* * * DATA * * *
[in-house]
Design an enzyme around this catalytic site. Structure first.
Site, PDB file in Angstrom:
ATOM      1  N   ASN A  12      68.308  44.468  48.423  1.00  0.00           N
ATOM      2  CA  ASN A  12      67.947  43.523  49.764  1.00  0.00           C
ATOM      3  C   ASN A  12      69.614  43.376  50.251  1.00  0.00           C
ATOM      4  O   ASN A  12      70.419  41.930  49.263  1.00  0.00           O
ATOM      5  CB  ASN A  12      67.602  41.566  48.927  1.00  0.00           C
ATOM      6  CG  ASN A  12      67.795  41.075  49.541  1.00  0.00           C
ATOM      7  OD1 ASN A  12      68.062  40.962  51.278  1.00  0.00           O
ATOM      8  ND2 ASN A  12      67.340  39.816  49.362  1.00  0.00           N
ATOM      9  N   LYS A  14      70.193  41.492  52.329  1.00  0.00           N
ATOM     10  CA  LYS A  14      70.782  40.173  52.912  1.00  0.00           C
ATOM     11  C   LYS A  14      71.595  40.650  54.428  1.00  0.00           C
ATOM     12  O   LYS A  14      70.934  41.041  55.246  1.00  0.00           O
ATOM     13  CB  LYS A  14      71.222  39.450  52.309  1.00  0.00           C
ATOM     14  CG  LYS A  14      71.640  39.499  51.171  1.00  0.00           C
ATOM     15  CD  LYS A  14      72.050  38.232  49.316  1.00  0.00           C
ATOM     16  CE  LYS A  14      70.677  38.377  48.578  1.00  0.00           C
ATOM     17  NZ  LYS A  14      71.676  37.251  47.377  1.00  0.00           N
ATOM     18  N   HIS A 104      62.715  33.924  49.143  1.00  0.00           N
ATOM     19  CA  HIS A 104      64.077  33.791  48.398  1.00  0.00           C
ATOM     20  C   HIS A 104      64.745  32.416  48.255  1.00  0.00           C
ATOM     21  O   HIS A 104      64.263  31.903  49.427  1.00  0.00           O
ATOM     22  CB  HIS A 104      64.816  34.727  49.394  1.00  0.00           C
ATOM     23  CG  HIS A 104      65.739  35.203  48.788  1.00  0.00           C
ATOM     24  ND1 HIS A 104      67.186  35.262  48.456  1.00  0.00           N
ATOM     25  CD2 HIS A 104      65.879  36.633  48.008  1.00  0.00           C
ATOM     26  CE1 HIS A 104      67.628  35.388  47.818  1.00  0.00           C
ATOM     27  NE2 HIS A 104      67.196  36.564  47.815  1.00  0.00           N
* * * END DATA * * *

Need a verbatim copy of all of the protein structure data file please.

[in-house]
Design an enzyme around this catalytic site. Structure first.
Site, PDB file in Angstrom:
ATOM      1  N   ASN A  12      68.308  44.468  48.423  1.00  0.00           N
ATOM      2  CA  ASN A  12      67.947  43.523  49.764  1.00  0.00           C
ATOM      3  C   ASN A  12      69.614  43.376  50.251  1.00  0.00           C
ATOM      4  O   ASN A  12      70.419  41.930  49.263  1.00  0.00           O
ATOM      5  CB  ASN A  12      67.602  41.566  48.927  1.00  0.00           C
ATOM      6  CG  ASN A  12      67.795  41.075  49.541  1.00  0.00           C
ATOM      7  OD1 ASN A  12      68.062  40.962  51.278  1.00  0.00           O
ATOM      8  ND2 ASN A  12      67.340  39.816  49.362  1.00  0.00           N
ATOM      9  N   LYS A  14      70.193  41.492  52.329  1.00  0.00           N
ATOM     10  CA  LYS A  14      70.782  40.173  52.912  1.00  0.00           C
ATOM     11  C   LYS A  14      71.595  40.650  54.428  1.00  0.00           C
ATOM     12  O   LYS A  14      70.934  41.041  55.246  1.00  0.00           O
ATOM     13  CB  LYS A  14      71.222  39.450  52.309  1.00  0.00           C
ATOM     14  CG  LYS A  14      71.640  39.499  51.171  1.00  0.00           C
ATOM     15  CD  LYS A  14      72.050  38.232  49.316  1.00  0.00           C
ATOM     16  CE  LYS A  14      70.677  38.377  48.578  1.00  0.00           C
ATOM     17  NZ  LYS A  14      71.676  37.251  47.377  1.00  0.00           N
ATOM     18  N   HIS A 104      62.715  33.924  49.143  1.00  0.00           N
ATOM     19  CA  HIS A 104      64.077  33.791  48.398  1.00  0.00           C
ATOM     20  C   HIS A 104      64.745  32.416  48.255  1.00  0.00           C
ATOM     21  O   HIS A 104      64.263  31.903  49.427  1.00  0.00           O
ATOM     22  CB  HIS A 104      64.816  34.727  49.394  1.00  0.00           C
ATOM     23  CG  HIS A 104      65.739  35.203  48.788  1.00  0.00           C
ATOM     24  ND1 HIS A 104      67.186  35.262  48.456  1.00  0.00           N
ATOM     25  CD2 HIS A 104      65.879  36.633  48.008  1.00  0.00           C
ATOM     26  CE1 HIS A 104      67.628  35.388  47.818  1.00  0.00           C
ATOM     27  NE2 HIS A 104      67.196  36.564  47.815  1.00  0.00           N